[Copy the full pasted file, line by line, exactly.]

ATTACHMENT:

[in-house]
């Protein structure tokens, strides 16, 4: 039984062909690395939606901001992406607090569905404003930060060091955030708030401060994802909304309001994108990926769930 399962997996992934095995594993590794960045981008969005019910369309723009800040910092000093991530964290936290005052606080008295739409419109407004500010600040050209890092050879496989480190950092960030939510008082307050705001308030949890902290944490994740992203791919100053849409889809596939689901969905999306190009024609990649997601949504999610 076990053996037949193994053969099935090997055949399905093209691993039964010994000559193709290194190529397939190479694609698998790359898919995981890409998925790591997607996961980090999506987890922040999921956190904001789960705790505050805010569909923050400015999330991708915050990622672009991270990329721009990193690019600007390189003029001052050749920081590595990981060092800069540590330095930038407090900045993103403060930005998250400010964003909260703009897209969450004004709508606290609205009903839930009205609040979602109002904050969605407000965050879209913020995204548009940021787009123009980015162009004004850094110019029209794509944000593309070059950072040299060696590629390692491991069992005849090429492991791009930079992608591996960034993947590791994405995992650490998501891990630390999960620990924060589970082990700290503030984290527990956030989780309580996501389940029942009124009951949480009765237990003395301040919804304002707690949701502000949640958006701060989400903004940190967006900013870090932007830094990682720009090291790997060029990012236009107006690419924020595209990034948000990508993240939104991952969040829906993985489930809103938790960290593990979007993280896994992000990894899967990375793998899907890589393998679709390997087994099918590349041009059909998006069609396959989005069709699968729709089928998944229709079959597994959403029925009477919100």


[in-house]
């Protein structure tokens, strides 16, 4: 039984062909690395939606901001992406607090569905404003930060060091955030708030401060994802909304309001994108990926769930 399962997996992934095995594993590794960045981008969005019910369309723009800040910092000093991530964290936290005052606080008295739409419109407004500010600040050209890092050879496989480190950092960030939510008082307050705001308030949890902290944490994740992203791919100053849409889809596939689901969905999306190009024609990649997601949504999610 076990053996037949193994053969099935090997055949399905093209691993039964010994000559193709290194190529397939190479694609698998790359898919995981890409998925790591997607996961980090999506987890922040999921956190904001789960705790505050805010569909923050400015999330991708915050990622672009991270990329721009990193690019600007390189003029001052050749920081590595990981060092800069540590330095930038407090900045993103403060930005998250400010964003909260703009897209969450004004709508606290609205009903839930009205609040979602109002904050969605407000965050879209913020995204548009940021787009123009980015162009004004850094110019029209794509944000593309070059950072040299060696590629390692491991069992005849090429492991791009930079992608591996960034993947590791994405995992650490998501891990630390999960620990924060589970082990700290503030984290527990956030989780309580996501389940029942009124009951949480009765237990003395301040919804304002707690949701502000949640958006701060989400903004940190967006900013870090932007830094990682720009090291790997060029990012236009107006690419924020595209990034948000990508993240939104991952969040829906993985489930809103938790960290593990979007993280896994992000990894899967990375793998899907890589393998679709390997087994099918590349041009059909998006069609396959989005069709699968729709089928998944229709079959597994959403029925009477919100």